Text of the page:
When Salesforce employees fall ill, the company provides more than insurance. Marc Benioff calls, tweets -- and picks up thousands in extra costs.
By David A. Kaplan, contributor
FORTUNE -- John Greene thought he worked for a pretty good company. Then, at 40, he got cancer -- and found out for sure.
In November 2010, after he'd been in Salesforce (CRM) engineering R&D for barely a year, Greene was diagnosed with acute myeloid leukemia. Married and the father of two young children, he started a blog from his hospital bed called "jg will kick its ass." He posted about day after day of chemotherapy, kidney function, and the view of San Francisco from his window. And he managed to keep a sense of humor. "I think I'm going to donate quite a bit more to cancer research now," he wrote.
Initially Greene shared details of his illness only with his boss and his small team. But his best shot was a bone marrow transplant, and he decided to send a systemwide message at work. "Within five minutes, [CEO] Marc Benioff called me," Greene recalls. "I was in touch with him throughout. He even made sure I got the right medical care at UCSF."
Colleagues used Chatter -- Salesforce's internal ubiquitous social-networking app -- to look for bone marrow donors. And late one night, Benioff tweeted, "Salesforce employee John Greene has AM L and needs a bone marrow transplant to survive. Are you a match?" By morning, 350 Salesforcians had signed up with the match registry. Salesforce covered insurance costs that Greene would have had to pay for himself. Its foundation made a $25,000 grant to the marrow registry in Greene's name.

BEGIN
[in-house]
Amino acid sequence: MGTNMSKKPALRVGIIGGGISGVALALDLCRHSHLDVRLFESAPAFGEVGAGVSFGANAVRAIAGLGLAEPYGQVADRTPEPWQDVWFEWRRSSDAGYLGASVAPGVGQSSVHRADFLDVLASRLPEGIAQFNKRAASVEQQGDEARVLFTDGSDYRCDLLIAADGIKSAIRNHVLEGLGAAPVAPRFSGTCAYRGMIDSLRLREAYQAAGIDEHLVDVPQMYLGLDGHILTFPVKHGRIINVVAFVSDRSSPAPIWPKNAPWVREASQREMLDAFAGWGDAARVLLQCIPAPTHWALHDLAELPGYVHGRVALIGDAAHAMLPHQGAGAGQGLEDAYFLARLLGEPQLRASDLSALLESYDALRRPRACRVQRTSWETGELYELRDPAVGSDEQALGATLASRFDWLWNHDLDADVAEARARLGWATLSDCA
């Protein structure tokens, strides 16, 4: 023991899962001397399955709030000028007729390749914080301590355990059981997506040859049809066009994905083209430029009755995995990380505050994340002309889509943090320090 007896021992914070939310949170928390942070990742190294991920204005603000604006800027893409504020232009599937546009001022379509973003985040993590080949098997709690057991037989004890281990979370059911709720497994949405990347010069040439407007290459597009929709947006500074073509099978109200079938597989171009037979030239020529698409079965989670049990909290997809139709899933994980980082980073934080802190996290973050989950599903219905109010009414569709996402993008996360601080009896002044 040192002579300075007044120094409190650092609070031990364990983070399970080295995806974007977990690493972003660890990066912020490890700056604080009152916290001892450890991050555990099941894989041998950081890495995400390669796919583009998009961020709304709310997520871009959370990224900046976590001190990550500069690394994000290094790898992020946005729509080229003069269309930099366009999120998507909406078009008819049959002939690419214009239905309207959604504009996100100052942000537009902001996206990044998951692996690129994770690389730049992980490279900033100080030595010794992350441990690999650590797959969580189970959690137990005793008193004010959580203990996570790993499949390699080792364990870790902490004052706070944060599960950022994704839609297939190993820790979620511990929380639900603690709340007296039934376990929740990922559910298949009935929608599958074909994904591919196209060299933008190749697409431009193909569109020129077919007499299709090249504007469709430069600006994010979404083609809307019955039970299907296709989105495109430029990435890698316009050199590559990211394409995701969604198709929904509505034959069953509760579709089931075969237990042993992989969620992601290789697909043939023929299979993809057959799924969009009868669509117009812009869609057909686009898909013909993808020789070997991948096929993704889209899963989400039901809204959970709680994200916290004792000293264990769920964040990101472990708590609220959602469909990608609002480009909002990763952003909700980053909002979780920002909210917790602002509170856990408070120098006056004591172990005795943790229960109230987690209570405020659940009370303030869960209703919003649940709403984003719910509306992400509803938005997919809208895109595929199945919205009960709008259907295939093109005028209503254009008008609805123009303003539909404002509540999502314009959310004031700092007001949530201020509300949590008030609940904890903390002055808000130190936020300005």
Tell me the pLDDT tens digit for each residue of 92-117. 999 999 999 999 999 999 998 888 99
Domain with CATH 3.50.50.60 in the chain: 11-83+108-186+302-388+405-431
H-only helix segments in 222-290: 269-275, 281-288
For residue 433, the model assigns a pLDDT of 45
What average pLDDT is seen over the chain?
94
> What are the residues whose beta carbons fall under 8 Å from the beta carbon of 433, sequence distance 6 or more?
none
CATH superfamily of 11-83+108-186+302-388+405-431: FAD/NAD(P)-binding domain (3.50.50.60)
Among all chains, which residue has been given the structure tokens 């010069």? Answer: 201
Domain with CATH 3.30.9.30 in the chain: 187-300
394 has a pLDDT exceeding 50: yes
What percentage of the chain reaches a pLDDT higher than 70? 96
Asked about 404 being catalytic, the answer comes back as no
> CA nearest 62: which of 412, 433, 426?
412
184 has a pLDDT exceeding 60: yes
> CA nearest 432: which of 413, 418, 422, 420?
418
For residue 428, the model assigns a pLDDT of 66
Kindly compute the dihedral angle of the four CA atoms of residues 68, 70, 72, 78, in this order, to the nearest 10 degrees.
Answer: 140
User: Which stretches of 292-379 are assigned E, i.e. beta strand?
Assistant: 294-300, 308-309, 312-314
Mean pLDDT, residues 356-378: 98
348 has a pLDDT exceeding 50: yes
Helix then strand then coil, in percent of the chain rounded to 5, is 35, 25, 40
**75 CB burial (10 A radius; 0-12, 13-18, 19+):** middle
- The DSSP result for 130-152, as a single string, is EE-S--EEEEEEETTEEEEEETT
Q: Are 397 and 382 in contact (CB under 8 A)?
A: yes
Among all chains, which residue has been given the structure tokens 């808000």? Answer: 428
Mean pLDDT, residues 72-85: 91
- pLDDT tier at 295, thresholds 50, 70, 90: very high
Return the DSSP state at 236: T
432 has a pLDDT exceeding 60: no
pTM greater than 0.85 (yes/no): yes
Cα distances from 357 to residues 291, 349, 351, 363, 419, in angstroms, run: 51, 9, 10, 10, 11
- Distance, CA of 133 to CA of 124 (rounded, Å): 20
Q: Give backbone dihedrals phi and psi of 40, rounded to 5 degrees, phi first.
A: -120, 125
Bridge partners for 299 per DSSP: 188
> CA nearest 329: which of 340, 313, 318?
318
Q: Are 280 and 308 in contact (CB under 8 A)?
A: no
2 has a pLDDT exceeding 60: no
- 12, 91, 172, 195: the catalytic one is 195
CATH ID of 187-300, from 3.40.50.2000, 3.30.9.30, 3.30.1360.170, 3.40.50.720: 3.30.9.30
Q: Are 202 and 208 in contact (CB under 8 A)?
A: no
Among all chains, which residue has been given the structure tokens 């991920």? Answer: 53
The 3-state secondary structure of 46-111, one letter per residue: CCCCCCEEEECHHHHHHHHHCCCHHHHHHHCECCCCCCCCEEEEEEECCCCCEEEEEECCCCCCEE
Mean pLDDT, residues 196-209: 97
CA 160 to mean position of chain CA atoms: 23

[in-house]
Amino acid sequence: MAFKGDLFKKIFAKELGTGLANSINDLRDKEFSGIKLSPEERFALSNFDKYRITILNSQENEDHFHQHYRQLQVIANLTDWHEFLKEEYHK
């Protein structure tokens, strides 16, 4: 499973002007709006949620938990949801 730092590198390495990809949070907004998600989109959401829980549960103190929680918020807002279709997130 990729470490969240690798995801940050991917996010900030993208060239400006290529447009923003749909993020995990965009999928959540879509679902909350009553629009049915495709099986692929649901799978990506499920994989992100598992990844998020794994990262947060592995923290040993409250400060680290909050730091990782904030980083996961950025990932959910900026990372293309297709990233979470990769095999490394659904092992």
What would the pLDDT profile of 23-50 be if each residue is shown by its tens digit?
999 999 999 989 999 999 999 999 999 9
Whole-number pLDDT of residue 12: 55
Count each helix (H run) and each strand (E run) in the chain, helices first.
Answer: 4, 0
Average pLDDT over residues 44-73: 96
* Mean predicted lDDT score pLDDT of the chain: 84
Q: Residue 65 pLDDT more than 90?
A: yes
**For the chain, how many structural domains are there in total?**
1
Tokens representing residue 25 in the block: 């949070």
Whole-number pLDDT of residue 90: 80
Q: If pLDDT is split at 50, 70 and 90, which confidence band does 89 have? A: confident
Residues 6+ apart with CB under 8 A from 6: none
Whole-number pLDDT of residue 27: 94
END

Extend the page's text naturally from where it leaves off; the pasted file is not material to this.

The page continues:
The story isn't exceptional at Salesforce. Last month a 43-year-old British employee, Gillian Jenkins, found out insurance wouldn't cover a new antibody drug for her Hodgkin's lymphoma. Salesforce picked up the $54,000 tab. Benioff wrote her that if treatment would be better at UCSF, she could come to the U.S., and "we'll take care of the costs for housing and treatment."
Greene, who once worked for Phish doing software development and these days plays Grateful Dead songs once a week at his kids' preschool, is back at work. He had a successful transplant (though in the end not from a colleague) and is doing well. "The company was awesome," Greene says. If he didn't know that already, he can ask his mother, Adrienne, back in Philly. Whenever he's gone to work for a public company, Greene says, she buys stock in it and also checks out "who's running the ship." Lately, she's been rather impressed.
This article is from the February 6, 2012 issue of Fortune.
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